Russia submits its claim to Arctic seabed
Russia has submitted its bid for vast territories in the Arctic to the United Nations.
It is claiming 1.2 million square kilometres (more than 463,000 square miles) of Arctic sea shelf, the Russian foreign ministry said.
Russia, the US, Canada, Denmark and Norway have all been trying to assert jurisdiction over parts of the Arctic, which is believed to hold up to a quarter of the planet's undiscovered oil and gas.
Rivalry for Arctic resources has intensified as shrinking polar ice is opening up new opportunities for exploration.
Russia was the first to submit its claim in 2002, but the UN sent it back for lack of evidence. The new bid contains more data.
The ministry said that the resubmitted bid contains new arguments. "Ample scientific data collected in years of Arctic research are used to back the Russian claim," it said.
Russia expects the UN Commission on the Limits of the Continental Shelf to start looking at its bid in the fall, the ministry said.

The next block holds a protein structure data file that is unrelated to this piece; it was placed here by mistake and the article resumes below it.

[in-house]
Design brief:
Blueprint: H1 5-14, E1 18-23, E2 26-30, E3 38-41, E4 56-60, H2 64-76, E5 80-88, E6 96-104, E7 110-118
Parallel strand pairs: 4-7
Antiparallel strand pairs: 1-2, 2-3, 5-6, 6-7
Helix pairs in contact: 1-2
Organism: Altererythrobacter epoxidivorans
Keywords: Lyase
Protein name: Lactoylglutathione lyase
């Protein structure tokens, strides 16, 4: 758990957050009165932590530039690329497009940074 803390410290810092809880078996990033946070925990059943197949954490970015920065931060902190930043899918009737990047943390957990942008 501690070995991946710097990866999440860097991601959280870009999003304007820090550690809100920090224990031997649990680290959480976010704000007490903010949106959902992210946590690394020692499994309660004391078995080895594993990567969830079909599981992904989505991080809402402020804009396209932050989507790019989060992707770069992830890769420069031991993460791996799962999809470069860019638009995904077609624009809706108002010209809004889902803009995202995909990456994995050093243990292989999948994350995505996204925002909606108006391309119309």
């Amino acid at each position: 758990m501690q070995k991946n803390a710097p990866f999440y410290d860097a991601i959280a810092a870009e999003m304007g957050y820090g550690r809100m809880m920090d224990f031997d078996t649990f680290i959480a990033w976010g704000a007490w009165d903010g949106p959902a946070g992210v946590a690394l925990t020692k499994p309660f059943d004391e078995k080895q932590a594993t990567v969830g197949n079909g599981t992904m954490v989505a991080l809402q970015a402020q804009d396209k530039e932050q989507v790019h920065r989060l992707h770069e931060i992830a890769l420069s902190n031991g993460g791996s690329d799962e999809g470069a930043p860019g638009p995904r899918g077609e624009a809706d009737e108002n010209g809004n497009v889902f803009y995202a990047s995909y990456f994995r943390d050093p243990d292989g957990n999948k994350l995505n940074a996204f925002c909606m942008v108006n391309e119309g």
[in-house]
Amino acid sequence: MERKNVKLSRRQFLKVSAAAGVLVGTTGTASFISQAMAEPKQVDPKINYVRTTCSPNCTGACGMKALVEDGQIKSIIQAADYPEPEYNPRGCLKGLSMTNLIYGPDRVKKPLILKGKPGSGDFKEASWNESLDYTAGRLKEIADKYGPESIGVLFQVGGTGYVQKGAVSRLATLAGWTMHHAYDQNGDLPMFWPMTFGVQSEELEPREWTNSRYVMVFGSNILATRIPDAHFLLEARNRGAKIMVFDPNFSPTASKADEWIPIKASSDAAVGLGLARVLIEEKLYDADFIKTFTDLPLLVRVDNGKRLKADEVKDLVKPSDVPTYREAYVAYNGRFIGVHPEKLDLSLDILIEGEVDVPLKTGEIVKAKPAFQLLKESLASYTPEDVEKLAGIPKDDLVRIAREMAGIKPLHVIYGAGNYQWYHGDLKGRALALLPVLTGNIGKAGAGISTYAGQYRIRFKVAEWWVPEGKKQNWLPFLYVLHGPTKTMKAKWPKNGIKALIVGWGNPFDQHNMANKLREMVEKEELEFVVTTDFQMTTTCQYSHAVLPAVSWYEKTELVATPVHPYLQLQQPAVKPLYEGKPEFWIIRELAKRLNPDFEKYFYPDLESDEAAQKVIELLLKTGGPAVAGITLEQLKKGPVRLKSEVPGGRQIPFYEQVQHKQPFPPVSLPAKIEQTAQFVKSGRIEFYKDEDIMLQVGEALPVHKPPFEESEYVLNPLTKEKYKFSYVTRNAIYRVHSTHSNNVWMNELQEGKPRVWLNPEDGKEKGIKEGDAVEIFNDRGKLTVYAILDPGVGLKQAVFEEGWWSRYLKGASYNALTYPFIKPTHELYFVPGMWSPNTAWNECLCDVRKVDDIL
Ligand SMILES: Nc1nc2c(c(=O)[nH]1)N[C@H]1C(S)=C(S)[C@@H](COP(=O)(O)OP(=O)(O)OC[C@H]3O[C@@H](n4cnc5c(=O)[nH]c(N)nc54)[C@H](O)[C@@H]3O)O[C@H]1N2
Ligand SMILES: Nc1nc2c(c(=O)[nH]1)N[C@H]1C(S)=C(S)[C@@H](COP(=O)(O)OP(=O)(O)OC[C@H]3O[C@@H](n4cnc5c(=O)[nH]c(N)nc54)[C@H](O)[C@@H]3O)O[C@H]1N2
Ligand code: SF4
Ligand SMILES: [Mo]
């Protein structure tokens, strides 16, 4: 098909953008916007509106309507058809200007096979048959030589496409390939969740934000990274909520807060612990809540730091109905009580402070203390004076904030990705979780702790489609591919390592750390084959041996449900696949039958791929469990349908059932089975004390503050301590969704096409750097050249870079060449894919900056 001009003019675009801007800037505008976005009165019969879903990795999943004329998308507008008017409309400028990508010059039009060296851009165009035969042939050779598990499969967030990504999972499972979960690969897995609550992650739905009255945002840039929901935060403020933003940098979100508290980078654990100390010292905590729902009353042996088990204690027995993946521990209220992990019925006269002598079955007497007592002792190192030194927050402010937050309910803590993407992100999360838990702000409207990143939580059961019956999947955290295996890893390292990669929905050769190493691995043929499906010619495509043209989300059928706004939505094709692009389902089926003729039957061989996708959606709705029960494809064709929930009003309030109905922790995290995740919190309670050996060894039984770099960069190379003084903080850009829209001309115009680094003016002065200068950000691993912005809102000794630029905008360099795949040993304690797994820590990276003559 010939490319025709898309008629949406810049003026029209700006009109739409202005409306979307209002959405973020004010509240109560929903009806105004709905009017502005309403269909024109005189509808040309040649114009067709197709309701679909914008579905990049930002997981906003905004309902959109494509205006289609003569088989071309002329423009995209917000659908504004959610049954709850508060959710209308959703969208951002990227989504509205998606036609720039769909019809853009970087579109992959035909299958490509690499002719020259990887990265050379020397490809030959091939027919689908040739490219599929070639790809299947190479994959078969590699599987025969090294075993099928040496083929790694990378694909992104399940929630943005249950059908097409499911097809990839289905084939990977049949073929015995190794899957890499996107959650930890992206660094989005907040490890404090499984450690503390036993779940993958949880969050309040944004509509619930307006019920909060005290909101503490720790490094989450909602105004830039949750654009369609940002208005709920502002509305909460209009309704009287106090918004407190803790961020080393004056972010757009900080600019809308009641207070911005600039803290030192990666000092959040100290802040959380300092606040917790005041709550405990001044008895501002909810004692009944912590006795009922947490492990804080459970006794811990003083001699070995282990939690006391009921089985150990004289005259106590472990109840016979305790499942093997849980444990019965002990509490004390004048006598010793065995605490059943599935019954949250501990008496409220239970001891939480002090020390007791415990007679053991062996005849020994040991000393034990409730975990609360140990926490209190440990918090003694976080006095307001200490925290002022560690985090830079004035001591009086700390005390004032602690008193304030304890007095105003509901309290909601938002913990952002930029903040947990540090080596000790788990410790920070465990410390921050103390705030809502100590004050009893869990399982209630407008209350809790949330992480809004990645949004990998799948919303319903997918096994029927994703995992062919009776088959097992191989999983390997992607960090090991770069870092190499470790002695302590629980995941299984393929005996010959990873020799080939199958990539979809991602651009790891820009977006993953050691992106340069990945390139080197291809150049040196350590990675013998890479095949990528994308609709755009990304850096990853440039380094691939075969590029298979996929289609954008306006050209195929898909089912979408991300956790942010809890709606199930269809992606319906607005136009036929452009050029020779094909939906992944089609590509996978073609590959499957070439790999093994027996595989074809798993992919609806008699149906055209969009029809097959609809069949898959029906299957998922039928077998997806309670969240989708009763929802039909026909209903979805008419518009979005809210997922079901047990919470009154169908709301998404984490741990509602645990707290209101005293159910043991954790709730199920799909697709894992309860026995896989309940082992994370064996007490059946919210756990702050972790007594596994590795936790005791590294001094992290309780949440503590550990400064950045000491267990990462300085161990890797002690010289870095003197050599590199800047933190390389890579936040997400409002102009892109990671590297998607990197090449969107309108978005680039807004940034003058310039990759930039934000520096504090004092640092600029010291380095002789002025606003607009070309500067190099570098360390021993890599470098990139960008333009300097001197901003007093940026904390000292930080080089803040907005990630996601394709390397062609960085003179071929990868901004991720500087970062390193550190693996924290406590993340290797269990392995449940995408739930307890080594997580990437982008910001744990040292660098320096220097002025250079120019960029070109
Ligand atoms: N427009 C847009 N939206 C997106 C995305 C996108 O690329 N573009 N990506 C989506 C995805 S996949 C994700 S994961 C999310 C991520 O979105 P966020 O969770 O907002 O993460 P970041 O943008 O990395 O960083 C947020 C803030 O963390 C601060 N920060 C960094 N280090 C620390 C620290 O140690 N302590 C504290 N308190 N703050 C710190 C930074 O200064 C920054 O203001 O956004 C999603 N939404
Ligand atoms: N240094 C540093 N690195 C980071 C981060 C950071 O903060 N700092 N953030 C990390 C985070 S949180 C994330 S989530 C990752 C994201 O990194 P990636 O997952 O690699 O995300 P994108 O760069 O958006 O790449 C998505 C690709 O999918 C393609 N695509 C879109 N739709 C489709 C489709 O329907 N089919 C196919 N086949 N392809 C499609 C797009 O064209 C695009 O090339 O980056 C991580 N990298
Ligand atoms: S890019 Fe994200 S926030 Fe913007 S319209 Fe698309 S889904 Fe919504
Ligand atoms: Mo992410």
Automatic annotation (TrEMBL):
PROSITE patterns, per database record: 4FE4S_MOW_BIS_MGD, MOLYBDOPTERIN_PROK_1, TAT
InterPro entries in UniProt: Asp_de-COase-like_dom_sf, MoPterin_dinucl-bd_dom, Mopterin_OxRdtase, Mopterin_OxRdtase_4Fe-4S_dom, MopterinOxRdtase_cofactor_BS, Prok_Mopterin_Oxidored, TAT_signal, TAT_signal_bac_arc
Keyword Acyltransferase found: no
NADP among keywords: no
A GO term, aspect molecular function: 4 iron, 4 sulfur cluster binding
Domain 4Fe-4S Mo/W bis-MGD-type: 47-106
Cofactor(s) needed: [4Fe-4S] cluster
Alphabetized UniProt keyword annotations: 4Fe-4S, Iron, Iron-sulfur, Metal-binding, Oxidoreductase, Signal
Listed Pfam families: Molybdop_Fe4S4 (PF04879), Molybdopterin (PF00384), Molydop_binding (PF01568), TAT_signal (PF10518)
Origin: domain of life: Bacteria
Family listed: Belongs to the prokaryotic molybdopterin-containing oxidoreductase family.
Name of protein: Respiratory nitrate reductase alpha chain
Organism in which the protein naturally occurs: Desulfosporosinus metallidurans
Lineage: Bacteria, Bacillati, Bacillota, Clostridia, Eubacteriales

In 2007, Moscow staked a symbolic claim to the Arctic seabed by dropping a canister containing the Russian flag on the ocean floor from a small submarine at the North Pole.
Amid tensions with the West over Ukraine, the Kremlin also has moved to beef up Russian military forces in the Arctic.
The effort has included the restoration of a Soviet-era military base on the New Siberian Islands and other military outposts in the Arctic.
Russian officials said the facilities are key for protecting shipping routes that link Europe with the Pacific region across the Arctic Ocean.
Earlier this year, the military conducted sweeping manoeuvres in the Arctic that involved 38,000 servicemen, more than 50 surface ships and submarines and 110 aircraft.
As part of the drills, the military demonstrated its capability to quickly beef up its forces on the Arctic Novaya Zemlya and Franz Josef Land archipelagos.
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